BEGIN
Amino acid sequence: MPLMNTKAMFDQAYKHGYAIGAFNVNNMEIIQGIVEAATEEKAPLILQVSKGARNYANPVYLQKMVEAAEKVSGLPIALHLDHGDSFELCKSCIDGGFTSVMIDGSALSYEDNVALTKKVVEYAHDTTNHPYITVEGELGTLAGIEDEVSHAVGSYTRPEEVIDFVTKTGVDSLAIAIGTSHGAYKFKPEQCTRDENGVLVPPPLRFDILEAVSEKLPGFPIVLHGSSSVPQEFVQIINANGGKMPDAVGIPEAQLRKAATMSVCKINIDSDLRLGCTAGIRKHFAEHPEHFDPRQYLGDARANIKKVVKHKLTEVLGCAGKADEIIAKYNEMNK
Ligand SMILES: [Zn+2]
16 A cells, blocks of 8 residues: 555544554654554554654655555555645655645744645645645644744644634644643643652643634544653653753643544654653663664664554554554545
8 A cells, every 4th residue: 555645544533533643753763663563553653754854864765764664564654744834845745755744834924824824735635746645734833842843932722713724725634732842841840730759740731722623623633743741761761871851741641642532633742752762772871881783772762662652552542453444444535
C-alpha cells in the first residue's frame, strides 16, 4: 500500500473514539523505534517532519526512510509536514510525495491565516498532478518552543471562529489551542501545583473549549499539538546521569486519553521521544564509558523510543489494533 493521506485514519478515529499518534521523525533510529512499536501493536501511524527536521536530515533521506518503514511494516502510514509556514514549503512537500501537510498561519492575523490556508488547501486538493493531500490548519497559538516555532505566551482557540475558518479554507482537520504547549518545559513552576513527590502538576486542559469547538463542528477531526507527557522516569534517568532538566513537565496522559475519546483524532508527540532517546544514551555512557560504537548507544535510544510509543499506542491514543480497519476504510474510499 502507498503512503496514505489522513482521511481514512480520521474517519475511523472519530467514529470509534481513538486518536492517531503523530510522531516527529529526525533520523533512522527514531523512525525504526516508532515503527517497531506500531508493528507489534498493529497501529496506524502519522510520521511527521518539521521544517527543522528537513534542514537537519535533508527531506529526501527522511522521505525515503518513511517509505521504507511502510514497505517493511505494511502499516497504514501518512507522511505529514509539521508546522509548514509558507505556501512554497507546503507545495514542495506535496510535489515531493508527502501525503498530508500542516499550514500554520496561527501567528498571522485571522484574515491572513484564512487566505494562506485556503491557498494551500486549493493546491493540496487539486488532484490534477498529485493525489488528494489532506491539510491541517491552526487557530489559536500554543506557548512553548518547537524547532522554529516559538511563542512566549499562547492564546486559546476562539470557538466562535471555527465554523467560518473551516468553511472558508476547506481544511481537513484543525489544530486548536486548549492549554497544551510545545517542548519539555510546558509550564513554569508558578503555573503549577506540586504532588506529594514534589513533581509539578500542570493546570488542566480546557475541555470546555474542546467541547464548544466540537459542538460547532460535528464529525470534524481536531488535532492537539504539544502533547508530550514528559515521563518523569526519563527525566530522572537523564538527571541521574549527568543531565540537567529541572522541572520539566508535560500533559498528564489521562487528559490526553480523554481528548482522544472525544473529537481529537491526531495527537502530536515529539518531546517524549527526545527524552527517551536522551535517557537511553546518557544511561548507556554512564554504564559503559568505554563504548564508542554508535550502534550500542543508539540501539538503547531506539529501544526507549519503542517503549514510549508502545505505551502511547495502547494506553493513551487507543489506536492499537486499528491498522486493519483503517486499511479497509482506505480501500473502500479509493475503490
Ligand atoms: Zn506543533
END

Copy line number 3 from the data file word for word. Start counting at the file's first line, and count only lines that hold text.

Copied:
16 A cells, blocks of 8 residues: 555544554654554554654655555555645655645744645645645644744644634644643643652643634544653653753643544654653663664664554554554545